July 17, 2005

You taught me language, and my profit on't / Is, I know how to curse

Today's Foxtrot questions the role of linguistic content in cussing:

I sympathize. Shortly after reading the Sunday funnies this morning, I totally smashed my toe on a suitcase left in an inappropriate place. But why does saying certain words, with or without lightening bolts and daggers, seem to help in this situation? As far as I can tell, though there are many theories about this, the answer is still not clear. [See e.g. Timothy Jay's "Why We Curse. A Neuro-Psycho-Social Theory of Speech" (1999) , and its review by Howard Kushner, Journal of Nervous & Mental Disease, 189(4):269-270, April 2001].

As I nursed my sore toe, a different question occurred to me. Is cursing a cultural universal? Perhaps there's a good review of this question somewhere, though a bit of searching in Google Scholar and other places didn't turn up an answer. As I thought about it, though, I realized that this is a very difficult question to frame in an empirically useful way. In simpler language, how would you tell?

There are many circumstances that we think of as "cursing and swearing", and they seem to be connected at best by a sort of family resemblance: expressing pain, anger, frustration, annoyance; insulting someone, directly or descriptively; invoking or wishing for supernatural assistance in harming someone; adding emphasis to statements whether positive or negative in content; using certain taboo words, or referring to certain concepts in any way at all; issuing ritual guarantees of truthfulness, perhaps by exposing oneself to supernatural punishment for falsehood; and so on.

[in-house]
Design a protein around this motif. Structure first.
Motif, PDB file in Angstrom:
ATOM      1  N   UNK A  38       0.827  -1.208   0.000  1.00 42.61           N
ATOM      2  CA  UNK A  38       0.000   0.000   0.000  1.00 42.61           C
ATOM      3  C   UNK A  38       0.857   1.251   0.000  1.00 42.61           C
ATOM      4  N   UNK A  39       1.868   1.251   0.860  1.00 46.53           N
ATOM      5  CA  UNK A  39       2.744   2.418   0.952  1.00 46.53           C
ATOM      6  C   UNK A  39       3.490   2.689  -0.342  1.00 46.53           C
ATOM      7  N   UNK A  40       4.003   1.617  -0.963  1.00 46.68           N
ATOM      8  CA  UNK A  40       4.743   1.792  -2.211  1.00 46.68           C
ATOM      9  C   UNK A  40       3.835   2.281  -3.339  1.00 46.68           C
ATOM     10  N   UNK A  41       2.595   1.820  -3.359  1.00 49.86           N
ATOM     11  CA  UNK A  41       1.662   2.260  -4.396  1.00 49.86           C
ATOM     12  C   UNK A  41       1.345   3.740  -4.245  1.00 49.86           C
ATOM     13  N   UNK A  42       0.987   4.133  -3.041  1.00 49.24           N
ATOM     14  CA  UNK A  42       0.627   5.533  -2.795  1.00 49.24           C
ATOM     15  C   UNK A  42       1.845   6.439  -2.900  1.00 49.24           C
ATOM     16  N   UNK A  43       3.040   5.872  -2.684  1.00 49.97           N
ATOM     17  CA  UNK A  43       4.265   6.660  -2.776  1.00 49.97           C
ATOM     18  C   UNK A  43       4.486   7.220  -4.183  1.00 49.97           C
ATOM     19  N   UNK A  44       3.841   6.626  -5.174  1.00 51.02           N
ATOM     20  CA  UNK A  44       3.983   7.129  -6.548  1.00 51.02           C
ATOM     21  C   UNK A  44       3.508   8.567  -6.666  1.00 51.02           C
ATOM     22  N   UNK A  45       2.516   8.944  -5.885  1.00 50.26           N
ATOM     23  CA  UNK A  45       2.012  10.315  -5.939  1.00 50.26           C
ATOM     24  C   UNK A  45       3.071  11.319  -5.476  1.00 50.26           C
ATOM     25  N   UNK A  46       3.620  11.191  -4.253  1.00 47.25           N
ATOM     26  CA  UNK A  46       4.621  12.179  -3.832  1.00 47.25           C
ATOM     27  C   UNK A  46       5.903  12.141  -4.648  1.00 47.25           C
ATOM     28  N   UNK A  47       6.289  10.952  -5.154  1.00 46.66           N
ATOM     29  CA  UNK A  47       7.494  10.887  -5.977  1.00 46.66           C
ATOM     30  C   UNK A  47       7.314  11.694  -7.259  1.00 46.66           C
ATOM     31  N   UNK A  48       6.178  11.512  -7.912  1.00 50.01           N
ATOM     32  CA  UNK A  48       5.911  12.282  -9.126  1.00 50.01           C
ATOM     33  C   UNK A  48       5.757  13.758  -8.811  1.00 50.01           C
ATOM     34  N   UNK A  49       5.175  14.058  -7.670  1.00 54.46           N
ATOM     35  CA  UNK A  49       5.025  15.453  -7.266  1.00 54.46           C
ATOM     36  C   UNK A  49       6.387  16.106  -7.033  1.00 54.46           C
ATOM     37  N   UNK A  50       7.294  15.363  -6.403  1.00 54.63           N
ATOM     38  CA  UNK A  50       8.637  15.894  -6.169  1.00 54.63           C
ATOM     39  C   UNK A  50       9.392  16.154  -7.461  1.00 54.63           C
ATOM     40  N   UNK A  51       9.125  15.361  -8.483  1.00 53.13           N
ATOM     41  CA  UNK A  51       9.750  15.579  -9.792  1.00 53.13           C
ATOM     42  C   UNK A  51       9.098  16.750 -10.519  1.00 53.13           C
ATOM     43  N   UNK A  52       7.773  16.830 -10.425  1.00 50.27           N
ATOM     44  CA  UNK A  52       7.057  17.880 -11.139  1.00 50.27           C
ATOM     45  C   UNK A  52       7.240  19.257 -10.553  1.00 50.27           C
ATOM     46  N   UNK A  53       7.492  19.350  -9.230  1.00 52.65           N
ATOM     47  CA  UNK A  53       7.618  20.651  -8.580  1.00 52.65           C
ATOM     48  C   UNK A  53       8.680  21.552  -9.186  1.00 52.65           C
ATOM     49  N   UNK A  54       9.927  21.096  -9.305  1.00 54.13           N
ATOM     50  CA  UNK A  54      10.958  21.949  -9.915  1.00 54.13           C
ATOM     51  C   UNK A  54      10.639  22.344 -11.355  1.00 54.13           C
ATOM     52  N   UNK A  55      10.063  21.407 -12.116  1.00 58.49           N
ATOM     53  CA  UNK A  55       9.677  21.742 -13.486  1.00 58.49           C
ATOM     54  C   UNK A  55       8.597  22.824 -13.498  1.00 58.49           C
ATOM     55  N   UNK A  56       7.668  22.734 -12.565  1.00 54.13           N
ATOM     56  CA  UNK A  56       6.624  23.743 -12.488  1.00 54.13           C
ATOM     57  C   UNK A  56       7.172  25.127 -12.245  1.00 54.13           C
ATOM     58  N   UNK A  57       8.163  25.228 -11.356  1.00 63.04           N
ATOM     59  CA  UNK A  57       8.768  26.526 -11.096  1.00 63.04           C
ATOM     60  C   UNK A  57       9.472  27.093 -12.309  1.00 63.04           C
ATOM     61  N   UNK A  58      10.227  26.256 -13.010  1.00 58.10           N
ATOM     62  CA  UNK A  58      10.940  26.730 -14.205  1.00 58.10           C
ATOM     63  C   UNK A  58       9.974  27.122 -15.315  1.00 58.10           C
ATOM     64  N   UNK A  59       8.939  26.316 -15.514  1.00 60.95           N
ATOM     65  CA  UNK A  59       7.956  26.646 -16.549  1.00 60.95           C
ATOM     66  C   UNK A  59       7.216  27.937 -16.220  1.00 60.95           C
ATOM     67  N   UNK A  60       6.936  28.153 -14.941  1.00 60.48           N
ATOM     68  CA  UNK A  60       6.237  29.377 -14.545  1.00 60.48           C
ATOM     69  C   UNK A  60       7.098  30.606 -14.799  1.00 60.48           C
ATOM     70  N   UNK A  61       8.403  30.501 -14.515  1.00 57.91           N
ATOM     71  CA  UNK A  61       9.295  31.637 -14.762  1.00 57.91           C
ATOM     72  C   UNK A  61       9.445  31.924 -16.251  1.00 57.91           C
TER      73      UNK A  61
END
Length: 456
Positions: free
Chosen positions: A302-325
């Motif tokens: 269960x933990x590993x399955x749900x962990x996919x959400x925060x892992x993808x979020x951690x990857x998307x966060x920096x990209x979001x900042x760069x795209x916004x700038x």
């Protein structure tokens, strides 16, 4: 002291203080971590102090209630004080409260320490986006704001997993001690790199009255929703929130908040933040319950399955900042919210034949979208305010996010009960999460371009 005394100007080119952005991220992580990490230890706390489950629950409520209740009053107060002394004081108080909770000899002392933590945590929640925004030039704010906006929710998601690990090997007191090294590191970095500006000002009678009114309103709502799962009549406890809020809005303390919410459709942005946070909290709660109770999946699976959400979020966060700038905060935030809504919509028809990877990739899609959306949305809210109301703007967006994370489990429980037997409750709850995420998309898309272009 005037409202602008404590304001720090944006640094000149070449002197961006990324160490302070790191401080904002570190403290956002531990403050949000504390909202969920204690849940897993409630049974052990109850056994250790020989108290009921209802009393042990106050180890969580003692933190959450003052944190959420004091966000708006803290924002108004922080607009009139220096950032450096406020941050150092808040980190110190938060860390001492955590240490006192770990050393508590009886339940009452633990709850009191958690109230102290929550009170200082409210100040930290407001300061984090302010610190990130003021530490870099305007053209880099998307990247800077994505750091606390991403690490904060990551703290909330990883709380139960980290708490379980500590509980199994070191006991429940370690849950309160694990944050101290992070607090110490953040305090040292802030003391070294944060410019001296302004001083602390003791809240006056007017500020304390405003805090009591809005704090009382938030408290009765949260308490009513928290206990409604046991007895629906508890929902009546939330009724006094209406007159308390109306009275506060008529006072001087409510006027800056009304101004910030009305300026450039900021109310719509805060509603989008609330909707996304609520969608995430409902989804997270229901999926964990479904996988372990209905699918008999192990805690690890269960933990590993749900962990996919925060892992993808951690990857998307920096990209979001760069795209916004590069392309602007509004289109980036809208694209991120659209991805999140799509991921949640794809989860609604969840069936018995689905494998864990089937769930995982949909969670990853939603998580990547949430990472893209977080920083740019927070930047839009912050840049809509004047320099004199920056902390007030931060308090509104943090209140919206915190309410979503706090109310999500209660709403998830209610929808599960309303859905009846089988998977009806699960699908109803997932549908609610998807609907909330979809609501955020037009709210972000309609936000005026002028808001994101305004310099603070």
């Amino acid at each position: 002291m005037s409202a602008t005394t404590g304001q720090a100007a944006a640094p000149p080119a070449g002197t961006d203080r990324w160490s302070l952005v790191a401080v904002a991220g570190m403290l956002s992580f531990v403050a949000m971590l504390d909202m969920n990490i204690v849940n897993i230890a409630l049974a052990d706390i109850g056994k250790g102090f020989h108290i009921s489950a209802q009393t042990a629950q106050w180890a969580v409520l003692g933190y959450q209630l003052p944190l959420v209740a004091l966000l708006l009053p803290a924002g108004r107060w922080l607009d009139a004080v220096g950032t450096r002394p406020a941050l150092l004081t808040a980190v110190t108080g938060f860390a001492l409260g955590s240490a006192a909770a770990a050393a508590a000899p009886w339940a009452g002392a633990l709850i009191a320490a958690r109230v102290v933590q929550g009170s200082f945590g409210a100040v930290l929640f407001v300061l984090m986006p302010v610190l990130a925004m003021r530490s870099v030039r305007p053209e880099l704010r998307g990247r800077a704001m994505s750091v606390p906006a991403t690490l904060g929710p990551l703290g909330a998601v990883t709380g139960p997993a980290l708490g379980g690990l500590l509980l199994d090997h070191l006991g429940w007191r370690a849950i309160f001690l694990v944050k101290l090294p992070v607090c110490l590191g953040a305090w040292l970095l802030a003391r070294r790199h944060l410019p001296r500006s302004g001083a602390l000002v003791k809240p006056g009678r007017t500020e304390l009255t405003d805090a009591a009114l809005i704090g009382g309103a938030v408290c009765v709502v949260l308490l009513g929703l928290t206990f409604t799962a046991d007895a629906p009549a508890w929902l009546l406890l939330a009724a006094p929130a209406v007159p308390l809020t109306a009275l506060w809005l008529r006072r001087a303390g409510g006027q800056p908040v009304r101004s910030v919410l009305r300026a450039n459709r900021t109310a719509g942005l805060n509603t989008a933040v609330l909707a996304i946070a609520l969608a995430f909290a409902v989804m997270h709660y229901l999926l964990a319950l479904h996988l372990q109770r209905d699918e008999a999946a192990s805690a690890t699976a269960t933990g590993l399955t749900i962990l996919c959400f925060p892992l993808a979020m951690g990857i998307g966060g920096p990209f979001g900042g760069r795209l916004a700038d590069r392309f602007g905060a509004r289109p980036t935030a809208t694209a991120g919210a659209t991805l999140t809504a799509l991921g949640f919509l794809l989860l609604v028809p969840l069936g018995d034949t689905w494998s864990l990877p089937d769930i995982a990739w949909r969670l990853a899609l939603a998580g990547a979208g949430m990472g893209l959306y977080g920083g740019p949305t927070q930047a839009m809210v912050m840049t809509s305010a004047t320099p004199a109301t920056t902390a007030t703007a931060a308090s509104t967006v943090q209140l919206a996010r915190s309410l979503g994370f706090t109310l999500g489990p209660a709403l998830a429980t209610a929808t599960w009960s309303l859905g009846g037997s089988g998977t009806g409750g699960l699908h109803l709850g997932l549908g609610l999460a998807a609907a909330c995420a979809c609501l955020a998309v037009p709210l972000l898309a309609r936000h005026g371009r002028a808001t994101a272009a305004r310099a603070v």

In any one of these areas, there are expressions that are not "curse words" (e.g. "ouch" or "oh oh oh") as well as those that are (e.g. the phrases that Bill Amend represented in the Foxtrot strip as "Asterisk! Dollar Sign! Ampersand!"). We think we know the difference, but sometimes kids get it wrong (or at least learn a different categorization), and expressions famously change category over time.

The linguistic details also differ markedly across cultures, even among Europeans. According to Boele De Raad et al., "Personality terms of abuse in three cultures: type nouns between description and insult", European Journal of Personality 19(2), 153-165 (2004), who asked "one hundred and ninety-two male subjects from Spain, Germany and the Netherlands ... to write down terms of abuse that they would use given a certain stimulus situation",

[i]n Spanish abusive language is typically about family and relations, in Germany it is typically about anal aspects, and in the Netherlands it is mainly about genitals.

I'm sure that people in every culture insult one another. But is there a counterpart in every culture to "abusive language"? Is the "abusive language" of insults always analogous to (and sharing expressions with) the "curse words" that express pain or frustration? What about ways to indicate emphasis?